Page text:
In cities around China, people have reported erroneous codes that arbitrarily brought normal life to a halt. In Beijing, the app has taken days to release people from quarantine, even when they possess the necessary documents from local authorities. Others have been barred from going to work because they spent time in the mountains west of the city, the Beijing Evening News reported. Still others have been prevented from entering their own communities by such errors.

Experts have acknowledged but downplayed the problems.

Systems such as Health Kit “enable governments to make wiser and more scientific decisions in their work,” said Cui Xiaohui, a scholar at the School of Cyber Science and Engineering at Wuhan University. He called it “a social management system that’s backed by science.”

But the opacity of the system means no one knows, for example, what weight is given to each data point. In addition, “each city and province has different codes, and we have no idea what additions or omissions each has made in their version,” Prof. Cui said. As a result, “once a problem appears, people will feel confused and begin to complain. I think people would have fewer complaints if there was more transparency.”

It’s time for the companies involved to release their source code, he said.

But the digital quarantine apps are “emergency tools,” and as such some problems can be overlooked in the short term, said Wu Fei, the director of the artificial intelligence lab at Zhejiang University. In an urgent health situation, it comes down to “human rights or human lives,” he said. “When it’s a matter of survival, human rights should be ranked less important.”

Governments and corporations around the world have embraced AI systems for their ability to better allocate resources, manage traffic, plan future development, provide proper skills training and improve health care.

But China has begun to use computerized governance in more ambitious ways. It’s being used to assess individual credibility in social credit systems. In the northwestern Xinjiang region, state-run systems target people considered at risk of criminal conduct before police are dispatched to investigate.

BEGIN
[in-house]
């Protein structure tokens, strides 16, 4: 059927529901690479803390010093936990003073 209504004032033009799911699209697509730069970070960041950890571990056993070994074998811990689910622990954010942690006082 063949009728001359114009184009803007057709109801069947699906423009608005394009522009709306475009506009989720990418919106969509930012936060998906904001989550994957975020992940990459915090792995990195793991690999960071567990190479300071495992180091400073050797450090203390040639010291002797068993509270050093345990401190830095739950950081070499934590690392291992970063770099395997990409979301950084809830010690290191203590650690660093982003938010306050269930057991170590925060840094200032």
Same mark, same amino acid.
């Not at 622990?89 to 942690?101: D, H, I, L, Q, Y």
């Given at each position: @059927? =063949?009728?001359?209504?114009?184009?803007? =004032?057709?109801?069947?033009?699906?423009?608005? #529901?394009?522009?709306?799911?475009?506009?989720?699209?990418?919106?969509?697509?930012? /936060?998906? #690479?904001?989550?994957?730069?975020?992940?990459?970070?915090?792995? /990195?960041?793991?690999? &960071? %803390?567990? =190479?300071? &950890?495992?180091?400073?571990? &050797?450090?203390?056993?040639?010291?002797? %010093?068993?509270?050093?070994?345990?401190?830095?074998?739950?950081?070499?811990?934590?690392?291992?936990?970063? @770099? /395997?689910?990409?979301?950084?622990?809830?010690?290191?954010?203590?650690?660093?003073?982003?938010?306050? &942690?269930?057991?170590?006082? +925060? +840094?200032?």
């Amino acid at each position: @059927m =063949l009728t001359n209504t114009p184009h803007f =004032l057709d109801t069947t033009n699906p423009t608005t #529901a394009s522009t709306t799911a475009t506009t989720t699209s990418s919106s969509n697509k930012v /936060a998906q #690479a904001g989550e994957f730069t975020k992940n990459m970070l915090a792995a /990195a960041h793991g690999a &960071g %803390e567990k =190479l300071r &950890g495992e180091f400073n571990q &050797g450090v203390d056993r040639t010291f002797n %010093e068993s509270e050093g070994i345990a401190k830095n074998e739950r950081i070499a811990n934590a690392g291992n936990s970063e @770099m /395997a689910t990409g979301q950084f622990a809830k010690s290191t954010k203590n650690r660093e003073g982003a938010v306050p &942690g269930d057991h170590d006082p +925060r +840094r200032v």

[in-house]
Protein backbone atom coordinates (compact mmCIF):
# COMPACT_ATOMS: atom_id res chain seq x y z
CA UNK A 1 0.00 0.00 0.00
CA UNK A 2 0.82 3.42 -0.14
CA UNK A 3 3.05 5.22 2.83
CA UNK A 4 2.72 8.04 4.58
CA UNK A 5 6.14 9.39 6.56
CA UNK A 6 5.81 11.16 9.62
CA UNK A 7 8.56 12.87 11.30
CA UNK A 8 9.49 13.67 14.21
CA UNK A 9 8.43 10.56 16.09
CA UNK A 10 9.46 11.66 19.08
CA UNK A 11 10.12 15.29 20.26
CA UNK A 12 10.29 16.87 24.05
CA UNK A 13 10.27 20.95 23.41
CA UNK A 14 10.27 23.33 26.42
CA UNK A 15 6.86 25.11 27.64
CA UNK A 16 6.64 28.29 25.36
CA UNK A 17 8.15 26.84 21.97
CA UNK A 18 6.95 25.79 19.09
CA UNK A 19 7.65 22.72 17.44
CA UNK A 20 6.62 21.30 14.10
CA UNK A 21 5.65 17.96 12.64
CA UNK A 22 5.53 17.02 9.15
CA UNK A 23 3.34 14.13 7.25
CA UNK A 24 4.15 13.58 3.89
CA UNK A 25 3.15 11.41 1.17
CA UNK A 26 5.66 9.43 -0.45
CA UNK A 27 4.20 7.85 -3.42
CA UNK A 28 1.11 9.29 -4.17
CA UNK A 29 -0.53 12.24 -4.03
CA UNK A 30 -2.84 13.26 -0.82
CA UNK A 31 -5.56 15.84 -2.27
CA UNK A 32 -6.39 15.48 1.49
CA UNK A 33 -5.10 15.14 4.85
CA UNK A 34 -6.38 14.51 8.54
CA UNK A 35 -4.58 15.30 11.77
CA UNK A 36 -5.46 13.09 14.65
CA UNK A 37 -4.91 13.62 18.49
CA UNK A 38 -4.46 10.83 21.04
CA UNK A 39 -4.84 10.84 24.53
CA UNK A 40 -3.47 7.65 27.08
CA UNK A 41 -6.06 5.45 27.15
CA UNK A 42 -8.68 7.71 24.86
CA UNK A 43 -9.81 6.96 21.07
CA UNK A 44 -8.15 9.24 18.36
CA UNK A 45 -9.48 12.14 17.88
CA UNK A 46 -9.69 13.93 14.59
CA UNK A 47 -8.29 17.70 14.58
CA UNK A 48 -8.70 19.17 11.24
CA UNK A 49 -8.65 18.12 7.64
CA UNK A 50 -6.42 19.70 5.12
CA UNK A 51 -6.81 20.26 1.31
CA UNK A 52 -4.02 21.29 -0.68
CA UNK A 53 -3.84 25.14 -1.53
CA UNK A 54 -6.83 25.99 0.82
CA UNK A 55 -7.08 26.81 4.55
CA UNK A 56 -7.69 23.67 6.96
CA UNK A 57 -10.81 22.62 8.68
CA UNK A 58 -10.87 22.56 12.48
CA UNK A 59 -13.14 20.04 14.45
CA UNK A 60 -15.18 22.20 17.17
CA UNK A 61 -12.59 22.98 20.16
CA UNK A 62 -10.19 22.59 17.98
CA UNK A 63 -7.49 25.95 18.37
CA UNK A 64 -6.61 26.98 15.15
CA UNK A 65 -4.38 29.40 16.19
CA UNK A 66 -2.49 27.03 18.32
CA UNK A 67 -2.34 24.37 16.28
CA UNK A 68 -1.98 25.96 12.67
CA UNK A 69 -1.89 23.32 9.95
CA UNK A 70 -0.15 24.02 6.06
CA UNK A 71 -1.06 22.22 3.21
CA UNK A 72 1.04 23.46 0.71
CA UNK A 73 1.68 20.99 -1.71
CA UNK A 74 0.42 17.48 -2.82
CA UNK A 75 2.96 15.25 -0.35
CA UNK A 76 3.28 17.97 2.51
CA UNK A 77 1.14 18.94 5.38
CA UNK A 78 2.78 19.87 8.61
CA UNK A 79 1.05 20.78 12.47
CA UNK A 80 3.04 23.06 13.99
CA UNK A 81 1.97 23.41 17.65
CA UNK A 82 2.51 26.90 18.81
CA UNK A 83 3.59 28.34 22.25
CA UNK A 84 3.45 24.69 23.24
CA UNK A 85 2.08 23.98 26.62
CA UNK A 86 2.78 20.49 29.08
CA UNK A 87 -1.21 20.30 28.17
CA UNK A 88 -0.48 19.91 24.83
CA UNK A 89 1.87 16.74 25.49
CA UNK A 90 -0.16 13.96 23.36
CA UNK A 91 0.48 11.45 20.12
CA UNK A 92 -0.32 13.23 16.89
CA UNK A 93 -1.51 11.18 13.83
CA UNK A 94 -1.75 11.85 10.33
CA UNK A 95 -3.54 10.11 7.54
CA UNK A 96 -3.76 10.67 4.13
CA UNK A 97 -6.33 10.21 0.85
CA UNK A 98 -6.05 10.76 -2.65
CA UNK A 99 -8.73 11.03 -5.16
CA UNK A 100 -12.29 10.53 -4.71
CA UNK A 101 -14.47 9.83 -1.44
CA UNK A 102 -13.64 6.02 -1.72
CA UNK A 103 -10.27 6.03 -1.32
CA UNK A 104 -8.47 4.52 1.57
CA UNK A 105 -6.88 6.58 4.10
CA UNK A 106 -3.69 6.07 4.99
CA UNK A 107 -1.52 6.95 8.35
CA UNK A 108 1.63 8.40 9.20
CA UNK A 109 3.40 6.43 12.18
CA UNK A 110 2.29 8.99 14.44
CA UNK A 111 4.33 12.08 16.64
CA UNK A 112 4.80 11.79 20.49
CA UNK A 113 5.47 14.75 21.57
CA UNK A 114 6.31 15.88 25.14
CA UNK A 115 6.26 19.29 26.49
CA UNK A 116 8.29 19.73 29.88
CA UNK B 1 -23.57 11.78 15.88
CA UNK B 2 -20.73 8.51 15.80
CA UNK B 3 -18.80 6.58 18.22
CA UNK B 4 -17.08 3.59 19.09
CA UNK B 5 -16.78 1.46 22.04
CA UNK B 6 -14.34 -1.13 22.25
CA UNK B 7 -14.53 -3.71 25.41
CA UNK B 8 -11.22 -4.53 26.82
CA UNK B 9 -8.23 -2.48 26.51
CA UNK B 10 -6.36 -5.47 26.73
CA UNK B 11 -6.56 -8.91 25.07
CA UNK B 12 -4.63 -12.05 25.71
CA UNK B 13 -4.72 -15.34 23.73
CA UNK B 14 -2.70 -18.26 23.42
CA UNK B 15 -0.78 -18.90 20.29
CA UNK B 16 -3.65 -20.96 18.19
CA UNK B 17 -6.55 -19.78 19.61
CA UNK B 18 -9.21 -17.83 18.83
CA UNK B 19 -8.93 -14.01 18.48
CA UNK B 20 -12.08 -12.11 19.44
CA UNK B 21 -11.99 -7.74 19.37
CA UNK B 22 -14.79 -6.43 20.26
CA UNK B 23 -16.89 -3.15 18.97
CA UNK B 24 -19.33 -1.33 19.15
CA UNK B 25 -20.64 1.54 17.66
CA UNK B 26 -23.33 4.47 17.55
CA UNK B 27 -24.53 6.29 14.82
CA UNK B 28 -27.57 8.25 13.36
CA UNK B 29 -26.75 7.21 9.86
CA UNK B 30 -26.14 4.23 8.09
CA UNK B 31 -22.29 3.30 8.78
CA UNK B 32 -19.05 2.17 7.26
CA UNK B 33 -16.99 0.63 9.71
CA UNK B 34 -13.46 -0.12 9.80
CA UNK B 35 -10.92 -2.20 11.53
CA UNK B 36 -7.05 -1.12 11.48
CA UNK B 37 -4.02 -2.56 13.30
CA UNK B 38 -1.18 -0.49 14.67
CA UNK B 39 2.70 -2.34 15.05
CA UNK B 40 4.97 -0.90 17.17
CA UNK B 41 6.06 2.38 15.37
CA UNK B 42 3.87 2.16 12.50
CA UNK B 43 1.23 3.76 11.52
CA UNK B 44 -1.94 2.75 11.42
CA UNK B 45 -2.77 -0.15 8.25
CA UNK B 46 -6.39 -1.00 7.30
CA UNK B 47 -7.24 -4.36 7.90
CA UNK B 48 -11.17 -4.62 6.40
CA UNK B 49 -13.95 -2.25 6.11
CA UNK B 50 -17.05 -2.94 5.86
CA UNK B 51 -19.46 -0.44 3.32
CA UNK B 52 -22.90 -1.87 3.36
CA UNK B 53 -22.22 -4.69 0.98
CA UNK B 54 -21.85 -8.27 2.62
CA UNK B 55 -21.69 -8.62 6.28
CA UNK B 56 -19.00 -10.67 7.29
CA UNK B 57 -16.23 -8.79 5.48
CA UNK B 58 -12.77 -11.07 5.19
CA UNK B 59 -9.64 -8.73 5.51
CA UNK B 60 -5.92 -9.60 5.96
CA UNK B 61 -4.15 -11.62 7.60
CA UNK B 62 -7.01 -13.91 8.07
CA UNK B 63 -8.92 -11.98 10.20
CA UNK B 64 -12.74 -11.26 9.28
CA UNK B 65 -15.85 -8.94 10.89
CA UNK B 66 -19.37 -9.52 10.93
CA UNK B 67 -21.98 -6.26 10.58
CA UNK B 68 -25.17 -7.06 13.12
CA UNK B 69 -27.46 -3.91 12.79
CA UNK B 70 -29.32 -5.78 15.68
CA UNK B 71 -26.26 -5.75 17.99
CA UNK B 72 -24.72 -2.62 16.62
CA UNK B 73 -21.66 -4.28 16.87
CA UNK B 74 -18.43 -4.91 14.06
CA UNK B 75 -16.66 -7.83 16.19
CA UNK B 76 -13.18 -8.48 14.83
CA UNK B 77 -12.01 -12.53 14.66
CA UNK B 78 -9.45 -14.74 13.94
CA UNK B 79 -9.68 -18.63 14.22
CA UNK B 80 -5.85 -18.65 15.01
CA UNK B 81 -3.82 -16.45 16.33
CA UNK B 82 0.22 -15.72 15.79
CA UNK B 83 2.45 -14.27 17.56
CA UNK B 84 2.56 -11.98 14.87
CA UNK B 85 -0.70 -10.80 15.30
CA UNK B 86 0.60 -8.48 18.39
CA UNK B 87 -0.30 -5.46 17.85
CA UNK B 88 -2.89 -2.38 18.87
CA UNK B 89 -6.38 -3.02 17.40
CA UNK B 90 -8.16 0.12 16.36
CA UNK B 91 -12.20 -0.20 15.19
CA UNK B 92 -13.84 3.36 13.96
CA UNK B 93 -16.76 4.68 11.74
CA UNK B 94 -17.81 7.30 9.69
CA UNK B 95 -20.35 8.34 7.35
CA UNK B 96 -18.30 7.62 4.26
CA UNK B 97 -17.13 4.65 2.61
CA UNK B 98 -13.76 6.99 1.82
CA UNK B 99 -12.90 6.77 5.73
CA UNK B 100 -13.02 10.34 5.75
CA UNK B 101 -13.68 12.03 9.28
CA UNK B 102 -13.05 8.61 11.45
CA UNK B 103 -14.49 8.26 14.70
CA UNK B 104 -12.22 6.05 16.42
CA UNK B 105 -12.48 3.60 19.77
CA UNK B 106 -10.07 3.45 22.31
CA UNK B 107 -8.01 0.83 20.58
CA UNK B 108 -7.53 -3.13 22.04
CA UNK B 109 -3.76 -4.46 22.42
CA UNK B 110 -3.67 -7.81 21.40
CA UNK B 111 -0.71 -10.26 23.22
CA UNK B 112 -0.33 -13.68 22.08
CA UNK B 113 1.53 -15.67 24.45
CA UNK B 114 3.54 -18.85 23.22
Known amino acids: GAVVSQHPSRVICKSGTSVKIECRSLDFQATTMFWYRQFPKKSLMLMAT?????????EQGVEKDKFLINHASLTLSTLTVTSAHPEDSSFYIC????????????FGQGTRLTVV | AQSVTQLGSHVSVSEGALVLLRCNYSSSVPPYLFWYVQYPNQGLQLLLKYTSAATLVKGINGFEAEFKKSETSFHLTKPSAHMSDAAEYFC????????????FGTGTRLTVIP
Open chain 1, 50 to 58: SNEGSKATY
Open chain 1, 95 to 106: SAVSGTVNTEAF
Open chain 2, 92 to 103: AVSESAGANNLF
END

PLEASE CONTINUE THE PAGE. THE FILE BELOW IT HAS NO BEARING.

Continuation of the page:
“China is, in that sense, ahead of us technologically,” said Simon Joss, a University of Glasgow scholar and associate director of the Urban Big Data Centre in the U.K. But “I don’t think China’s approach to public monitoring and tracking would be acceptable to the public in many other countries, for obvious data protection and civil liberties reasons.”

Still, the pandemic has created a sense of urgency among authoritarian and democratic governments alike to find technological solutions to contain the virus.

”It’s seen as the potential way out of the current lockdown – so people are hoping that these various apps might allow us to get back to normal life,” Prof. Joss said. The challenge for Western governments will be to conduct “responsible innovation.”

It’s a matter of creating something driven not only by government or corporate appetites for data but in a way that prioritizes “civic interest,” he said.

With reporting by Alexandra Li

Author and journalist Malcolm Gladwell discusses the far-reaching impact of the coronavirus pandemic on refugees, conflict and the economy. Gladwell was in conversation with Rudyard Griffiths from the Munk Debates.

The Globe and Mail

Sign up for the Coronavirus Update newsletter to read the day’s essential coronavirus news, features and explainers written by Globe.

Report an error

Editorial code of conduct